AFTER YEARS OF WORK AND MANY EXPECTATIONS, the first 3-D animated film is premiering in Havana. The audiovisual project Meñique, by Ernesto Padrón, will be screened nationwide on July 20, its director told OnCuba. This animated film marks the start of the production of feature-length 3-D films on the island. Meñique is an unusual project, involving not only professionals from the national
Animation Studios but also specialists from the national computer science university, UCI; Spain’s Ministry of Culture and Sports; the Galician Agency for Cultural Industries; and the Ibermedia Program. The modelling, animation and lighting processes were the most complex, according to these experts. “Wisdom is greater than force” is the moral of this animated film, alluding to the principal trait of its main character: his astuteness.
The film, which targets children and adolescents, is a free version of a short story with the same title adapted by José Martí in 1889 for the children’s magazine La Edad de Oro (The Golden Age) from the short story Poucinet, written by Edouard Laboulaye (Contesbleus, París, 1864). In a nutshell, the story is about a young peasant, Meñique, who is struggling to release his family from poverty.
His encounter with the Magic Mirror of the Half-Orange, which reveals to him the woman of his dreams, kicks off an adventure. New characters include a magic powder compact, a witch, and a king’s attendant. Another attraction is the princess of the tale; unlike the princess in the short story, the feature film’s character will be a female version of Robin Hood, champion of the poor. It is a story that will make us remember for 80 minutes that films full of vicissitudes, avengers, magic spells and enchanted forests are always welcome.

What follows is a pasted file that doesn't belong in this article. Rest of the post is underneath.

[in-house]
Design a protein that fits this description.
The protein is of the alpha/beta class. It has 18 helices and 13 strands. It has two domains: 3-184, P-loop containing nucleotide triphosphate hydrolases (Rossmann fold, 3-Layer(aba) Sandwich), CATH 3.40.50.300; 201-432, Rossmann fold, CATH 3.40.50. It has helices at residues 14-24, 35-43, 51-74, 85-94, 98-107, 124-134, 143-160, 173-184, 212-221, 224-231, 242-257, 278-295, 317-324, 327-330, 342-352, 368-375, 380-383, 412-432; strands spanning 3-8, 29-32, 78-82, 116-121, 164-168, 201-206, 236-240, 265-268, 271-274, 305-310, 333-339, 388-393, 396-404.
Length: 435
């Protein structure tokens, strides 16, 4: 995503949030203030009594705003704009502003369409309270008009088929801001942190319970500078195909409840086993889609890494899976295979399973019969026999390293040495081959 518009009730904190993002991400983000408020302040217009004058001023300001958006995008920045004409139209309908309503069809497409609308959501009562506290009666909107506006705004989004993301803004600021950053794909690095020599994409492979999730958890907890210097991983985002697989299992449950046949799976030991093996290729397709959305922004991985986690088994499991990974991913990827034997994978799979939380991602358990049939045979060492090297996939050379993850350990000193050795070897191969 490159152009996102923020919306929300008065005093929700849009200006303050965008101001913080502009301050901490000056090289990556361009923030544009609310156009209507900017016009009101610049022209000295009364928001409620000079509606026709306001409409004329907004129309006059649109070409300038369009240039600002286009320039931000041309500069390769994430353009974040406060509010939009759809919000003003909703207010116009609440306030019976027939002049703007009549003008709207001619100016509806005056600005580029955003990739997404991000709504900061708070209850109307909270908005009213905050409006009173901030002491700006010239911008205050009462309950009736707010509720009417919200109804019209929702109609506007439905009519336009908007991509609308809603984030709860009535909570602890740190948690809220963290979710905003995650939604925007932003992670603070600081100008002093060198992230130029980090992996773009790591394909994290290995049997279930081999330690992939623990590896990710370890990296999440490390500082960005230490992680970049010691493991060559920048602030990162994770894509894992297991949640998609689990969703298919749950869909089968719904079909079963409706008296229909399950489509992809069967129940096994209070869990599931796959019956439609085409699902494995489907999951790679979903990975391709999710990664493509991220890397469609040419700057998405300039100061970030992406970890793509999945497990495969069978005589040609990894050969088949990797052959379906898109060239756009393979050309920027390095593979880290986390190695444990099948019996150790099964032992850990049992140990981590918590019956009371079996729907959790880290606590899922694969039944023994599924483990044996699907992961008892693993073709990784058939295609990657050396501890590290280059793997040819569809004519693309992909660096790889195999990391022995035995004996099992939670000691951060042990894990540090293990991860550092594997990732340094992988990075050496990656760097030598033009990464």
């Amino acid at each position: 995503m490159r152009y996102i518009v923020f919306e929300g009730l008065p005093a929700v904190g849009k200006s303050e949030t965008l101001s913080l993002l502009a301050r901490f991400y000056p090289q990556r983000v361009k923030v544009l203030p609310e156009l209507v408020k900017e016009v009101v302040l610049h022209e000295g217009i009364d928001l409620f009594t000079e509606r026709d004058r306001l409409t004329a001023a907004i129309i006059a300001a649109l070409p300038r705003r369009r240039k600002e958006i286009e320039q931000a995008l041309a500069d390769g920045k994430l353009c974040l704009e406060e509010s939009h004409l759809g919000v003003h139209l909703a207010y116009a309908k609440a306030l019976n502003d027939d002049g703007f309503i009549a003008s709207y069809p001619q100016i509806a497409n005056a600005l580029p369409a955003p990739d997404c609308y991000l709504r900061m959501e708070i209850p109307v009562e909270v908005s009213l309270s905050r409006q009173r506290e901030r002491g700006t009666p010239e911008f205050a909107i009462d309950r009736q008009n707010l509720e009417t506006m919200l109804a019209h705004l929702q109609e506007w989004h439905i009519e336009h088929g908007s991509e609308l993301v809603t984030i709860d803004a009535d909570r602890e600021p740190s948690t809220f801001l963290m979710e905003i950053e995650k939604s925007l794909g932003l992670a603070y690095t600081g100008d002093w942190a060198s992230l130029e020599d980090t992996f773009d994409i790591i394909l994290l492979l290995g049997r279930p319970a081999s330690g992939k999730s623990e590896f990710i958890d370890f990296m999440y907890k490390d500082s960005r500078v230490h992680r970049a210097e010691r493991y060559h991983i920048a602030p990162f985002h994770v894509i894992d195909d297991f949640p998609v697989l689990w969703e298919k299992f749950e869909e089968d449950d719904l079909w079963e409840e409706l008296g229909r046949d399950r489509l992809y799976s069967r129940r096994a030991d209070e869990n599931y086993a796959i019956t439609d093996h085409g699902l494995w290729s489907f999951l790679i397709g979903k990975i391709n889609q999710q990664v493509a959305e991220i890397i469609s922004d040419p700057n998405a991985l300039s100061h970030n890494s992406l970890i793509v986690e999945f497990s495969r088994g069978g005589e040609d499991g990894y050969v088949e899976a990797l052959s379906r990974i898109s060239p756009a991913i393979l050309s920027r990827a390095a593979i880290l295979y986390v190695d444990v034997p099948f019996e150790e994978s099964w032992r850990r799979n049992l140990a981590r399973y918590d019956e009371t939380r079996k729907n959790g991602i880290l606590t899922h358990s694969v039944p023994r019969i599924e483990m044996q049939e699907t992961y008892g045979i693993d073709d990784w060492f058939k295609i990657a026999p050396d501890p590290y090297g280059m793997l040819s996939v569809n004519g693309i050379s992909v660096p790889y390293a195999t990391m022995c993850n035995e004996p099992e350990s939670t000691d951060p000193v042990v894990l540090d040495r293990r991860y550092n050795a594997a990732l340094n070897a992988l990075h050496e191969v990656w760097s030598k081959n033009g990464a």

The novel thing about this movie—coproduced by the ICAIC (Cuban Film Institute) Animation Studios, the Spanish company Ficción Producciones, Televisión de Galicia and Venezuela’s Villa del Cine—is that it recreates the era in which the story takes place, but with a mixture of Cuban landscapes, colonial architec- tural styles, Cuban and Latin American dress, and local humor.
“The film that we are premiering is very different from the original idea, but I think that it was for the better. Above all, the film gained in the unity and progression of the story,” Padrón, who is also the scriptwriter, told OnCuba in an exclusive interview. The film is available in Galician, Spanish, English and Portuguese, he added. Cuban music lovers, especially those partial to trova, will have a unique opportunity to enjoy brand-new songs by Silvio Rodríguez.
The film’s soundtrack also features music by Spaniard Manuel Riveiro, and the songs were performed by Anabell López, Miriam Ramos and Ernesto Joel Espinosa. The soundtrack was directed by veteran Edesio Alejandro. Outstanding contributions were made by Cuba’s National Symphonic Orchestra, directed by Enrique Pérez Mesa; the Exaudi chamber chorus, directed by María Felicia Pérez; and tres player Pancho Amat.
Photo: Alain L. Gutiérrez
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